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In the Professor's case, there are two main external conflicts, conflicts originating from outside of a character, which have shaped his life. The first is the death of his wife Anne, who was killed in an attack in a faraway land. The vivacious Anne had "changed (the) entire life" of the shy Professor, and when she died, he was devastated (Chapter 23). The Professor's second external conflict is the attitude of "vague and mysterious fear" that the community has towards him. What exactly the neighbors fear about the Professor is "uncertain", but his "appearance undoubtedly (has) something to do with the rumors" spread about him (Chapter 1).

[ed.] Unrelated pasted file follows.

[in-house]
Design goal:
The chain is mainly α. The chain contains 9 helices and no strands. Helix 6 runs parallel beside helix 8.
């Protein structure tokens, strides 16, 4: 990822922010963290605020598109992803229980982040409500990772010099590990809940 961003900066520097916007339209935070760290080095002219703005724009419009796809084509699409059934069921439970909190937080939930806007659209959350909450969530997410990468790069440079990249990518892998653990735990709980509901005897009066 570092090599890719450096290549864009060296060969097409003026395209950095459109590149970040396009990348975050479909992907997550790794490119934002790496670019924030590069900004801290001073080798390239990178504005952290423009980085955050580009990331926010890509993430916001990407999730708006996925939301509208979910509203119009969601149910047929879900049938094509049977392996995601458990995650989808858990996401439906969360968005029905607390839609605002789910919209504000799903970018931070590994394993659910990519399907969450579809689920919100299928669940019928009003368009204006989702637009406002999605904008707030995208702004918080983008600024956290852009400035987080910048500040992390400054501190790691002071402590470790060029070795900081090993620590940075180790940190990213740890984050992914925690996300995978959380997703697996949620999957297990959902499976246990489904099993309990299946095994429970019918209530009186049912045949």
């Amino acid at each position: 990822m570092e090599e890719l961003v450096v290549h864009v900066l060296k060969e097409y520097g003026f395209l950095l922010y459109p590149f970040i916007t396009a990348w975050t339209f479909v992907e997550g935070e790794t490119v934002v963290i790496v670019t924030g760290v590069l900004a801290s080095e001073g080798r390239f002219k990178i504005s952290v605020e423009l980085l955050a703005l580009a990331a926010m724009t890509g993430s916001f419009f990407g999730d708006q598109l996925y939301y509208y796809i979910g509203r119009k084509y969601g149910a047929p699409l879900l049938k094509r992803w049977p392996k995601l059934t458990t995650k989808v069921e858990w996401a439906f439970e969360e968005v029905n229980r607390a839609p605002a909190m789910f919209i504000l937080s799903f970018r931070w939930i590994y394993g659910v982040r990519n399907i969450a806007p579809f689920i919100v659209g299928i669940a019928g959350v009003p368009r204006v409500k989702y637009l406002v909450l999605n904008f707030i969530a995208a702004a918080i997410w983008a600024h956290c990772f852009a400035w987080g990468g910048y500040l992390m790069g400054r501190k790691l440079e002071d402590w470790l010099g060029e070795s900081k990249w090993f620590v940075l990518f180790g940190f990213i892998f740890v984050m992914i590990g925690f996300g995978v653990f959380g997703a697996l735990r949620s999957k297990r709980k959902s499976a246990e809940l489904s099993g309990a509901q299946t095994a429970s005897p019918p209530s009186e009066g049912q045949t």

The Professor's primary interior conflicts, conflicts originating within himself, stem from his inability to adjust after his wife's death. After Anne died, the Professor says "I became (a) dusty junkyard, and after a while I didn't care". The lonely man "spent years eliminating...contact...involvement...entirely from (his) life, creating for himself a position of forbidding reclusiveness. Then when April's life is threatened, the Professor must face an immediate internal conflict in deciding whether or not to intervene. Fortunately, the Professor manages to find the courage to "bring (him)self to break the glass and call" for help, effectively also breaking through his isolation and reestablishing contact with others in the world (Chapter 23).
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